CCAN -- new CPAN like open source library repository
    3 (different) GNU debugger tutorials: #1 -- #2 -- #3
    cpwiki -- our wiki on sourceforge

  9. #9
    MTK
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    Quote Originally Posted by MK27 View Post
    What's wrong with ctrl-j? [edit: same problem]
    You said that, not me.

    Quote Originally Posted by MK27 View Post
    * essentially, this is the hardware. There is nothing you can do.
    So basically you're telling me it's impossible.

  10. #10
    spurious conceit MK27's Avatar
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    Quote Originally Posted by MTK View Post
    So basically you're telling me it's impossible.
    I can't say for sure MTK, but looking at the above evidence I would say 98% positive yeah, it's impossible. Just "one of those things". The original VT100 terminal was probably not a 101+ key keyboard, maybe that's why. 10==10. That's like you have two incoming messages on a socket: "WHOA" and "WHOA". How could you interpret them two different ways? Impossible.

    ps. the [edit] was my own observation...
    C programming resources:
    GNU C Function and Macro Index -- glibc reference manual
    The C Book -- nice online learner guide
    Current ISO draft standard
    CCAN -- new CPAN like open source library repository
    3 (different) GNU debugger tutorials: #1 -- #2 -- #3
    cpwiki -- our wiki on sourceforge

  11. #11
    MTK
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    After trying a other layouts, I found that backspace and/or tab keep interfering!

    It is so nice with that meta key the way it uses a seperate byte. I wonder if it is possible for control to do that somehow.

    An interesting side effect of the fact the meta key prepends an ESC, is that you can press ESC and then the command key with the same effect as Meta+key!

  12. #12
    spurious conceit MK27's Avatar
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    Quote Originally Posted by MTK View Post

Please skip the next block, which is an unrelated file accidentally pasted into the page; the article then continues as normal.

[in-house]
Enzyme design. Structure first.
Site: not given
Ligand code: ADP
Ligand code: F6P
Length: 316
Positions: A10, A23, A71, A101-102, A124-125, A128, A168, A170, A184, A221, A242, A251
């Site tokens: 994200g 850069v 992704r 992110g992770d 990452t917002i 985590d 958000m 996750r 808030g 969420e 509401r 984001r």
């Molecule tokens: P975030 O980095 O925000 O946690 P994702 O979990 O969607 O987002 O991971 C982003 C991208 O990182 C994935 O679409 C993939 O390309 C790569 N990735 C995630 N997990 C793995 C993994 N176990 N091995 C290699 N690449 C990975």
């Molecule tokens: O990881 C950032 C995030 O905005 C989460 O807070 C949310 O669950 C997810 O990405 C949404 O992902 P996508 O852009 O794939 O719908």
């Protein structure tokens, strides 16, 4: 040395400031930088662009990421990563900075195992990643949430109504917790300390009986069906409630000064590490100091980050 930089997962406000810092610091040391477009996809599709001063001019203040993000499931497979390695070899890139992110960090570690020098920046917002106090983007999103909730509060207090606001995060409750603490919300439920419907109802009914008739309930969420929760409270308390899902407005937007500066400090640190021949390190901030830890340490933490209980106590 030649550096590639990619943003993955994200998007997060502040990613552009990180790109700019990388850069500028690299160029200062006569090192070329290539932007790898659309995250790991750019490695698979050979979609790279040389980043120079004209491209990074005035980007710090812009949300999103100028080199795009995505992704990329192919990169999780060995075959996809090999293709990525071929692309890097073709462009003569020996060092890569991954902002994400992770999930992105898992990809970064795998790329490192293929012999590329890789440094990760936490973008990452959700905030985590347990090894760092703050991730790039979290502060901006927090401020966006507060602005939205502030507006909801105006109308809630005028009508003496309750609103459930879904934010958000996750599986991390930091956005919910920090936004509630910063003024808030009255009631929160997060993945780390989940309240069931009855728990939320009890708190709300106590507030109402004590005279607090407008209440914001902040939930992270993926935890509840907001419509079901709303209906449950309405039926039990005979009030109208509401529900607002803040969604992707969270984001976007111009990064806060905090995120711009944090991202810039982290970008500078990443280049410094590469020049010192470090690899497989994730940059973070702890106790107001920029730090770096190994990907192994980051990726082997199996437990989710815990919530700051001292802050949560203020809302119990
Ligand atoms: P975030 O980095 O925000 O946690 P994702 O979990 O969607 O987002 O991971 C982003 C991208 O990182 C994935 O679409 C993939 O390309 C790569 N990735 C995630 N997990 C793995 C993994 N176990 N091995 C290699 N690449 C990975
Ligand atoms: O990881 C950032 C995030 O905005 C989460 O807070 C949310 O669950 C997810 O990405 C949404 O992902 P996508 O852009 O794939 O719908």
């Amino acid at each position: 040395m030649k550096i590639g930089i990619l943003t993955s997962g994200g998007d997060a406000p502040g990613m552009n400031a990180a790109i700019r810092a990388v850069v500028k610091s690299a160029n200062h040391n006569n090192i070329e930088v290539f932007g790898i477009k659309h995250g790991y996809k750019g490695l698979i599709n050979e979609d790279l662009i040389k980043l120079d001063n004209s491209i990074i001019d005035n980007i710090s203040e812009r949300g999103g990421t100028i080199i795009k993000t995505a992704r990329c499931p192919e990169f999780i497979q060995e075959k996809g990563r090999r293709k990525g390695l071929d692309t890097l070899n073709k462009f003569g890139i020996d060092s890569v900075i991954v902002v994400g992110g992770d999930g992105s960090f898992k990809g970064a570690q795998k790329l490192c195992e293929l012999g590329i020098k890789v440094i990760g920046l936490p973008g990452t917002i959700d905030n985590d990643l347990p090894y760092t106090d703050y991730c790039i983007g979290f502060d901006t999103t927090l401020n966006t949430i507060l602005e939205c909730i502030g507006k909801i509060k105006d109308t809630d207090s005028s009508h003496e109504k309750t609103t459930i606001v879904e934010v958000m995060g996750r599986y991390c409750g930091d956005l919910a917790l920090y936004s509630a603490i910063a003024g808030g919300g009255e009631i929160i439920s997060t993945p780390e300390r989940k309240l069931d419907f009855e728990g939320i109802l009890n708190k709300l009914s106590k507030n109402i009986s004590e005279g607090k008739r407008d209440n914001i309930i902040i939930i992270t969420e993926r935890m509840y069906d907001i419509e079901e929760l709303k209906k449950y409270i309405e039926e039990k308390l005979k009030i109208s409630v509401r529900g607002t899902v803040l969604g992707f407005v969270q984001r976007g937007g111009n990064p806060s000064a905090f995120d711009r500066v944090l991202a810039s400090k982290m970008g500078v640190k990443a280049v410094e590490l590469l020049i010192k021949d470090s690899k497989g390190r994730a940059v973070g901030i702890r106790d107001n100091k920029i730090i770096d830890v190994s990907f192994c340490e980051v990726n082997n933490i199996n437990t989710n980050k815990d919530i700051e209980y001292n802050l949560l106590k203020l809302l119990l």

An interesting side effect of the fact the meta key prepends an ESC, is that you can press ESC and then the command key with the same effect as Meta+key!
    Yes I told you that already:

    Quote Originally Posted by MK27
    A lot of the keys are three bytes, they usually start with ^[ ESC, int 27:

    That seems to include alt (meta) combinations, eg:

    Hit a key then enter.
    ^[^B /* alt-ctrl-b */
    27 2 10[root~/C] ./a.out
    Hit a key then enter.
    ^[b /* alt-b */
    27 98 10


    * so I would guess the meta key is 27 (ESC).
    Careful reading will save you time MTK :P
    Use alt-j...
    C programming resources:
    GNU C Function and Macro Index -- glibc reference manual
    The C Book -- nice online learner guide
    Current ISO draft standard
    CCAN -- new CPAN like open source library repository
    3 (different) GNU debugger tutorials: #1 -- #2 -- #3
    cpwiki -- our wiki on sourceforge

  13. #13
    MTK
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    My idea was to have a set of movement command keys on the keyboard in a 3x2 formation under the right hand, and then with either Ctrl or Alt held down with the left hand will use different units.

  14. #14
    spurious conceit MK27's Avatar
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    Quote Originally Posted by MTK View Post
    My idea was to have a set of movement command keys on the keyboard in a 3x2 formation under the right hand, and then with either Ctrl or Alt held down with the left hand will use different units.
    I use alot of one handed alt-ctl patterns on the left in fvwm (a,s,z,x) because my arrows, home, etc are all on the right, and ctl-pgup etc is very common, so this keeps my forearm muscles symmetrical, like a pianist

    Personal opinion.
    C programming resources:
    GNU C Function and Macro Index -- glibc reference manual
    The C Book -- nice online learner guide
    Current ISO draft standard
    CCAN -- new CPAN like open source library repository
    3 (different) GNU debugger tutorials: #1 -- #2 -- #3
    cpwiki -- our wiki on sourceforge

  15. #15
    MTK
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    Those keys are also reserved for other purposes in my program.